Some negative uses of social media


Digital/Bi-lateral/Twitter brains

The Internet is changing the way the brain reads

- there is evidence that humans are developing digital/bi-lateral/Twitter brains with new circuits skimming through the torrent of information online. ie artificial skimming. This is an alternative way of reading and is competing with traditional deep-reading circuitry developed over several millennia, ie more in depth processing.

- US adults now spending 5+ hours per day (2013) online via computers and mobile devices; this is an increase in 3 hours since 2010. In Australia, the average time spent online has tripled over 10 years with 80% spending the equivalent of 1 day online per week.

- even though the brain is plastic and it is constantly adapting, it is not designed for reading, ie there are no gene for reading as there are for language or vision. Spurred on by the emergence of Egyptian hieroglyphics, Phoenician alphabet, Chinese paper and the Gutenberg printing press, the brain has developed reading capacity.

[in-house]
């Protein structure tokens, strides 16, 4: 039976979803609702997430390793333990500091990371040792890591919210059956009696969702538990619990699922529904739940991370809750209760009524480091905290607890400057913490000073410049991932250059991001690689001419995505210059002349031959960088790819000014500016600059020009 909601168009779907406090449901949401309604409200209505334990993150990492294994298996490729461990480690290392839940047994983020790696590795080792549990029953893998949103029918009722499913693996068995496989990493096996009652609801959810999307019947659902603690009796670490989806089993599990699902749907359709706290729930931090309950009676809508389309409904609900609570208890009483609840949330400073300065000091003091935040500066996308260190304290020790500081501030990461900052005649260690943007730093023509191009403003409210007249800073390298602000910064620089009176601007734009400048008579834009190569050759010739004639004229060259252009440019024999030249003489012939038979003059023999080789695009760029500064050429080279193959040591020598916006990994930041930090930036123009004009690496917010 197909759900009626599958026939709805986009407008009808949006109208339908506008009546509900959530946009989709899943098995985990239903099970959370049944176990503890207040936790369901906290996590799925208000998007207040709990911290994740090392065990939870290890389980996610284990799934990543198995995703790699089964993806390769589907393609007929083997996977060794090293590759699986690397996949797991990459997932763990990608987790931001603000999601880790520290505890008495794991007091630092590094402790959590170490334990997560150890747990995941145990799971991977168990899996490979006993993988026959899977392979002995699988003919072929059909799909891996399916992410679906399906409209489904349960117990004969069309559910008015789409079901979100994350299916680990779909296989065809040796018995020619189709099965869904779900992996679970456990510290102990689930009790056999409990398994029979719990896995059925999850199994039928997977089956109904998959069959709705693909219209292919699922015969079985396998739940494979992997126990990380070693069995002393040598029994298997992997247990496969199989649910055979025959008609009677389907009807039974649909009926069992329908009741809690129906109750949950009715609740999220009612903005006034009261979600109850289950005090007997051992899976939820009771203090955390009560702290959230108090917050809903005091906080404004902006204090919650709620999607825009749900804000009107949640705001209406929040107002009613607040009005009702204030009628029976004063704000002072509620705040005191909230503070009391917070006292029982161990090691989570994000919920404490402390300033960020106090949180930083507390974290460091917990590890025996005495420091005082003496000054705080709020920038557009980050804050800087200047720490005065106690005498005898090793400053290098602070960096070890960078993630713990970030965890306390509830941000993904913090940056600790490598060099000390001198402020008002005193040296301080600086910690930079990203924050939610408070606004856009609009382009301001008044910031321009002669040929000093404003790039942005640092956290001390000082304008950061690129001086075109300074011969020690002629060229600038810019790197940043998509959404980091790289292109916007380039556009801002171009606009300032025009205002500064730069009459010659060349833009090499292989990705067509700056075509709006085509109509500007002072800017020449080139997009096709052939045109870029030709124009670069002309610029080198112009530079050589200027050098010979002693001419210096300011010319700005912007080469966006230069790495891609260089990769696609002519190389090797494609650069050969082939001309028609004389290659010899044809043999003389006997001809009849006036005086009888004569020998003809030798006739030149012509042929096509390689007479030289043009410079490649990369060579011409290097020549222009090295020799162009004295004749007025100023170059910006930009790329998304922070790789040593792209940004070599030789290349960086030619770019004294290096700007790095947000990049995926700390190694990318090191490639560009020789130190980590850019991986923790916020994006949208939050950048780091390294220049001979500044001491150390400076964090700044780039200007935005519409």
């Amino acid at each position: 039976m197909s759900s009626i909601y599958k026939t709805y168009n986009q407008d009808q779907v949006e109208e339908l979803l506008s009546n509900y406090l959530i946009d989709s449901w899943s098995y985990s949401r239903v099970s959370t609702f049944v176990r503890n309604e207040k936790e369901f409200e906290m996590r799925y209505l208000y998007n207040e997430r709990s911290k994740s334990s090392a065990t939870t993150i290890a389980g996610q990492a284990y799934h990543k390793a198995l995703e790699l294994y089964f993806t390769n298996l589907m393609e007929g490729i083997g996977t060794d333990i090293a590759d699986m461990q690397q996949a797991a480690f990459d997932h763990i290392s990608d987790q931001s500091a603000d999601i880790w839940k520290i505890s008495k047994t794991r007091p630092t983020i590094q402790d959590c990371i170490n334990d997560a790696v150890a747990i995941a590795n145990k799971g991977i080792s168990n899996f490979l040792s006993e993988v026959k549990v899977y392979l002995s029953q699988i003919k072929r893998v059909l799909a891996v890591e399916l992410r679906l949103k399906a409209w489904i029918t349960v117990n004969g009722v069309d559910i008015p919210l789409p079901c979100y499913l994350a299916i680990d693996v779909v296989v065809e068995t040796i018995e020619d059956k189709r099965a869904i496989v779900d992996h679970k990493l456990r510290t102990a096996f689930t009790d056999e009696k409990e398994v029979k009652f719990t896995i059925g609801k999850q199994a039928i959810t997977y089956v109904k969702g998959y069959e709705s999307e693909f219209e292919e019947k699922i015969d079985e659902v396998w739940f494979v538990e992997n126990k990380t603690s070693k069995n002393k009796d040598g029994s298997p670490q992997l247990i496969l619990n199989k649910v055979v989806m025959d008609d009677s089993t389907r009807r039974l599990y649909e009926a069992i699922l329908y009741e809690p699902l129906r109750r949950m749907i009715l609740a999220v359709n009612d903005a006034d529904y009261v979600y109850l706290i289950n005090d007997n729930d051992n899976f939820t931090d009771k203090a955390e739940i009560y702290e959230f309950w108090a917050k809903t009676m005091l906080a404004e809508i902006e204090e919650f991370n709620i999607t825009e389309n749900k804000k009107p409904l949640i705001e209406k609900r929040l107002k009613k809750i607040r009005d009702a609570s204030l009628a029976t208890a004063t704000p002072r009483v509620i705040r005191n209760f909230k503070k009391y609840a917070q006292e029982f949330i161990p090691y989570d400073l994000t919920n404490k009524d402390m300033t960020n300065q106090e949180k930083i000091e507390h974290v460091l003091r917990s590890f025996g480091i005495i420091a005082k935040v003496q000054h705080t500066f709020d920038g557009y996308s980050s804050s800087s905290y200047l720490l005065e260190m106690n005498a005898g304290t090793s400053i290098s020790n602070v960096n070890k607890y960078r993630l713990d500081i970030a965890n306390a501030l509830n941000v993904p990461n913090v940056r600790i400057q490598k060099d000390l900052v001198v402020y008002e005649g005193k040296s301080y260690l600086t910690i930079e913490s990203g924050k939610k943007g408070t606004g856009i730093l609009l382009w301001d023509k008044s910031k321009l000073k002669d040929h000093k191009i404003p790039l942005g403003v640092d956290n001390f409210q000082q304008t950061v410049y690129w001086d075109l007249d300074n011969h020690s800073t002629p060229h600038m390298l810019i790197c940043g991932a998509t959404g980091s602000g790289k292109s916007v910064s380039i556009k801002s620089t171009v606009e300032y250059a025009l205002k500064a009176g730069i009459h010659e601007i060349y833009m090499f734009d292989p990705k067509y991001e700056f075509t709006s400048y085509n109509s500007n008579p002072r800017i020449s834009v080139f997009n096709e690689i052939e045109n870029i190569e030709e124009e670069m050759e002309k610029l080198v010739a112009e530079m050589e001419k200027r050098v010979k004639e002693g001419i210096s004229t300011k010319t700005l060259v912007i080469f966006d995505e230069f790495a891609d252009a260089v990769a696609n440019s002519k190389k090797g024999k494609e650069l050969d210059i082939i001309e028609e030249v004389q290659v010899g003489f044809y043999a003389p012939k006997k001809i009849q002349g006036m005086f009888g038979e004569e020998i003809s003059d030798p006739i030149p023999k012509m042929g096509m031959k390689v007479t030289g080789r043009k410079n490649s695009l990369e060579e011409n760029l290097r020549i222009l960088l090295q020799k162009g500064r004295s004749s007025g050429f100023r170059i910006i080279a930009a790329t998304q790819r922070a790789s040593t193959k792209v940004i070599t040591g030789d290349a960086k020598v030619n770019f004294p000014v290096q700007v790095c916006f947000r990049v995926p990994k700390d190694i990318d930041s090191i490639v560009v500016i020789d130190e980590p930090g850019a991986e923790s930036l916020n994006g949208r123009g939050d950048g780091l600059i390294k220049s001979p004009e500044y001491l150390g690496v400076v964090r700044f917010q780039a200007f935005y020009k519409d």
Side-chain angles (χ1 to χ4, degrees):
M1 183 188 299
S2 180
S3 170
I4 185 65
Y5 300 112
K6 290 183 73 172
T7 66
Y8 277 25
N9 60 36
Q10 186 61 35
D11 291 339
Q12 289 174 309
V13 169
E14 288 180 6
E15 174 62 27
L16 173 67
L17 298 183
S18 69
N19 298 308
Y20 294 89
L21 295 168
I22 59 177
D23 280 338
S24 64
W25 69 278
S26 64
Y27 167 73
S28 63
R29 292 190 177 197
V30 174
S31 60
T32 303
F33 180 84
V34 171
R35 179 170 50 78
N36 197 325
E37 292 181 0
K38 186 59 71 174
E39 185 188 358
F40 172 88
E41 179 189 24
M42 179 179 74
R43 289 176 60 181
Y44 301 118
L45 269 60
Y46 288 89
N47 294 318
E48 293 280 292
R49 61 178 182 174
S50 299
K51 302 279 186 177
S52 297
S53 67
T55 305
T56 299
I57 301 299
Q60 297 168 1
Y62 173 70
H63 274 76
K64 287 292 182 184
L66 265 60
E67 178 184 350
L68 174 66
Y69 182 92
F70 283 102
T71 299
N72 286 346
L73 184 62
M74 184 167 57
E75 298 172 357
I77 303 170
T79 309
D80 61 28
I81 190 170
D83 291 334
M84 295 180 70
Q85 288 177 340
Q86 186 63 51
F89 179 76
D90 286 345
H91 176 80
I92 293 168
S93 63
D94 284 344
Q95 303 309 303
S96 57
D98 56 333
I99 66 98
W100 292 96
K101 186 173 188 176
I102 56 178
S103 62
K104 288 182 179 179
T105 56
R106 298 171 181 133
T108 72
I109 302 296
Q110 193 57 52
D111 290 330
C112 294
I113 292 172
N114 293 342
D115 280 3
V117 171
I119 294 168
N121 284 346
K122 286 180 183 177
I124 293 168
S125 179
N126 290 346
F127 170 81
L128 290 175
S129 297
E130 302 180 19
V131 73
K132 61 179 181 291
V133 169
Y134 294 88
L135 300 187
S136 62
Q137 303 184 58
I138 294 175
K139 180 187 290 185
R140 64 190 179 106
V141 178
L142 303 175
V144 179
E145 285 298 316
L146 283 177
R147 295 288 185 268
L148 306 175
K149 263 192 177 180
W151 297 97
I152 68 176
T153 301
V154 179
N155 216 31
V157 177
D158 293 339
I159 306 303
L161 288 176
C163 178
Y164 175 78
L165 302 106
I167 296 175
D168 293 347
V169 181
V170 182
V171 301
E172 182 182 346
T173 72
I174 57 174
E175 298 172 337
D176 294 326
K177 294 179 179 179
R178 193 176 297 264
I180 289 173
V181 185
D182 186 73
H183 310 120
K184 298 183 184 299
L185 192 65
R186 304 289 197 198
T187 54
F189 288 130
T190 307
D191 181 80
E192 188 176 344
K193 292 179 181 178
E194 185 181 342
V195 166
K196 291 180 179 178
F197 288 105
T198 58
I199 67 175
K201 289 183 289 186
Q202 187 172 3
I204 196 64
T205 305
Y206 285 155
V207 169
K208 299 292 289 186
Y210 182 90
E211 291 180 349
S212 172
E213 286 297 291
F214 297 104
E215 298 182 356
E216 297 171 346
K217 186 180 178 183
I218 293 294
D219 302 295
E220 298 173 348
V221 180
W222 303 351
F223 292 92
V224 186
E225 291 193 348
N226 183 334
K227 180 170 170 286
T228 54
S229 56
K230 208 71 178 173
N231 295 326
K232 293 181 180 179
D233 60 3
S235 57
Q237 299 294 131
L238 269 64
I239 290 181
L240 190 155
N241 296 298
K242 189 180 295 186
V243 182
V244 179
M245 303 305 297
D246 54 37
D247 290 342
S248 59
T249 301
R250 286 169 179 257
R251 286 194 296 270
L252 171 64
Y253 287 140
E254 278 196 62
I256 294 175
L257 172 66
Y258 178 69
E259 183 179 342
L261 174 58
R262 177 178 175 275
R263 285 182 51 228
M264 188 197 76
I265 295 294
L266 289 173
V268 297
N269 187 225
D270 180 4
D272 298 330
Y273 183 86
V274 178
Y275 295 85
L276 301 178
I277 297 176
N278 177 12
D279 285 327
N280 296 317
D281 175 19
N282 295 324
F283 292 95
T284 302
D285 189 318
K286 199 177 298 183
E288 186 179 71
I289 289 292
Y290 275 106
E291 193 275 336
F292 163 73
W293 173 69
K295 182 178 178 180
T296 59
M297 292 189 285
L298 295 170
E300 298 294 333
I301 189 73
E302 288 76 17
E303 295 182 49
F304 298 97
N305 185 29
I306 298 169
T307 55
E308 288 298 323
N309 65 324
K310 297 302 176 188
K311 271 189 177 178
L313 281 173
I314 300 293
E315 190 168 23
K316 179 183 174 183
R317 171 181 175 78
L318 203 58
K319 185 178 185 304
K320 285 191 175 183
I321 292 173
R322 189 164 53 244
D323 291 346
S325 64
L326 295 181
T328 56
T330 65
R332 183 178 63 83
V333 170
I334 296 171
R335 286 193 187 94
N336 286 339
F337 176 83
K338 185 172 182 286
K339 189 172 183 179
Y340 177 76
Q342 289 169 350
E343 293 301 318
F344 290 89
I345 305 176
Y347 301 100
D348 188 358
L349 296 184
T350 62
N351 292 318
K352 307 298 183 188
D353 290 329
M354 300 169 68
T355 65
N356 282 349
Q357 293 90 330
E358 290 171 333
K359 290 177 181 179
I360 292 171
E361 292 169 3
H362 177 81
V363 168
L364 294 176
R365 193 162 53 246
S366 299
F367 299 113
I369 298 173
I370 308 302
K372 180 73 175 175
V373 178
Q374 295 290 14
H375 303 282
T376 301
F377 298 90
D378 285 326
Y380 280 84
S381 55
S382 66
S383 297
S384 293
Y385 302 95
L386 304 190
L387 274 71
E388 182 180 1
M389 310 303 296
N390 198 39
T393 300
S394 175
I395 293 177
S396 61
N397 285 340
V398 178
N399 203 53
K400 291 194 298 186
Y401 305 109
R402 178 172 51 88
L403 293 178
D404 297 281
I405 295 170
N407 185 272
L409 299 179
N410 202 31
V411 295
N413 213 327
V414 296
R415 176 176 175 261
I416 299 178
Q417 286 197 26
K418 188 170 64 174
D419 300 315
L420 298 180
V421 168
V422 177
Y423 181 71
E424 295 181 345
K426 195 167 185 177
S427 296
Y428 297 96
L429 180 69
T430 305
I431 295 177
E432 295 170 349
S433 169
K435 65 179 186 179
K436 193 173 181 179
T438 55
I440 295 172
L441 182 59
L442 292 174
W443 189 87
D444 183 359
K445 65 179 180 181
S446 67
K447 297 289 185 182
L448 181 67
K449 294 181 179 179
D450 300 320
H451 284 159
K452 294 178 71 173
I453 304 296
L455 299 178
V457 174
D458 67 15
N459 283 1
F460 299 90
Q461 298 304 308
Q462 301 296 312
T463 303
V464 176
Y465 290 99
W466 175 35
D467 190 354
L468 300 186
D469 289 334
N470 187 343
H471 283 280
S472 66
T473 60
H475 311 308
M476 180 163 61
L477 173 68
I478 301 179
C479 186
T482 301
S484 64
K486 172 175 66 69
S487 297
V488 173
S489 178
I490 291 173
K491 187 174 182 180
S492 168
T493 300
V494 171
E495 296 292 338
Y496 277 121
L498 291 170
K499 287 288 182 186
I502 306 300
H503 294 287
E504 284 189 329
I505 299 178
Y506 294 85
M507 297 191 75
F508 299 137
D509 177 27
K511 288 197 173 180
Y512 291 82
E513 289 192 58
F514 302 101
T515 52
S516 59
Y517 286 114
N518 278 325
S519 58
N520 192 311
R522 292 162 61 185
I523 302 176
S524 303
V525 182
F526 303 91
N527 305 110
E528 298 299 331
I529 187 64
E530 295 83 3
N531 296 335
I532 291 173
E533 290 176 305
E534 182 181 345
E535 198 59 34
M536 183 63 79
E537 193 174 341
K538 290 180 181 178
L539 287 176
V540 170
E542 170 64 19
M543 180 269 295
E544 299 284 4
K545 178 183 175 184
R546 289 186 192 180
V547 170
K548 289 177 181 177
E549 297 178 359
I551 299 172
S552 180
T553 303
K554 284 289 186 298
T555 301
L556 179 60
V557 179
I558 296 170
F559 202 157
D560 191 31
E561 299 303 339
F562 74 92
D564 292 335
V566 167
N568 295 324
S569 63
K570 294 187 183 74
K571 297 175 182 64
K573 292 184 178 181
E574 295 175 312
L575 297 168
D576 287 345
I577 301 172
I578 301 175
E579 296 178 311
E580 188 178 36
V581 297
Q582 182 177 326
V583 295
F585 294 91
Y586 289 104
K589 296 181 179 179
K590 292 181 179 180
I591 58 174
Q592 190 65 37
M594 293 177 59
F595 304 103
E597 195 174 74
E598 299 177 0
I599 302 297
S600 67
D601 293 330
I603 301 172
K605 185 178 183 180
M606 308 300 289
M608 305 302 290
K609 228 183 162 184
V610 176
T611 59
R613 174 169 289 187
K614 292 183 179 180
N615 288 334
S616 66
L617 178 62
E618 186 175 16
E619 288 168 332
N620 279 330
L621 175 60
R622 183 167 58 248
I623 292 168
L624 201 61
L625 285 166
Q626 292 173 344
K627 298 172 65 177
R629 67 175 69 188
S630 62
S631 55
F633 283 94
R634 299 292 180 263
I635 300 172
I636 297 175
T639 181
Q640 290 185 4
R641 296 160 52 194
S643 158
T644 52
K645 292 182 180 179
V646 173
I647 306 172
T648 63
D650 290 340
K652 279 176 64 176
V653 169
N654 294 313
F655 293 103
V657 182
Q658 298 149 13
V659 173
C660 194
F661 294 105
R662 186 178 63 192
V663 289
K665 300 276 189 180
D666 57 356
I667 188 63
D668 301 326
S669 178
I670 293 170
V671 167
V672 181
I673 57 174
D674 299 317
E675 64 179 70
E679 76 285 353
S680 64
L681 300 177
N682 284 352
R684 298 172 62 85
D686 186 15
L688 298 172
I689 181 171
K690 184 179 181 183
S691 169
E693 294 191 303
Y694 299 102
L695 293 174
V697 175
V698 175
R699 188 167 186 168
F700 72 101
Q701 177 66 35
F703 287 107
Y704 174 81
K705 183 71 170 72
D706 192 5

- before the Internet, the brain mostly read in linear ways, ie one page led to the next page, etc.. The book's layout and reading in print helped us remember where key information was to be found in a book. But the Internet is different

"...With so much information, hyperlinked text, video alongside words and interactivity everywhere, our brains form shortcuts to deal with it all - skimming, searching the keywords, scrolling up and down quickly. This is non-linear reading..."

Michael Rosenberg, 2014

"...we are spending so much time touching, pushing, linking, scrolling and jumping through text that when we sit down with a novel, our daily habit of jumping, clicking, linking is ingrained in us......we're in the new era of information behaviour, and we're beginning to see the consequences of that..."

Andrew Dickson as quoted by Michael Rosenberg, 2014

- comprehension and learning are still superior when using a traditional approach to reading, especially when under pressure


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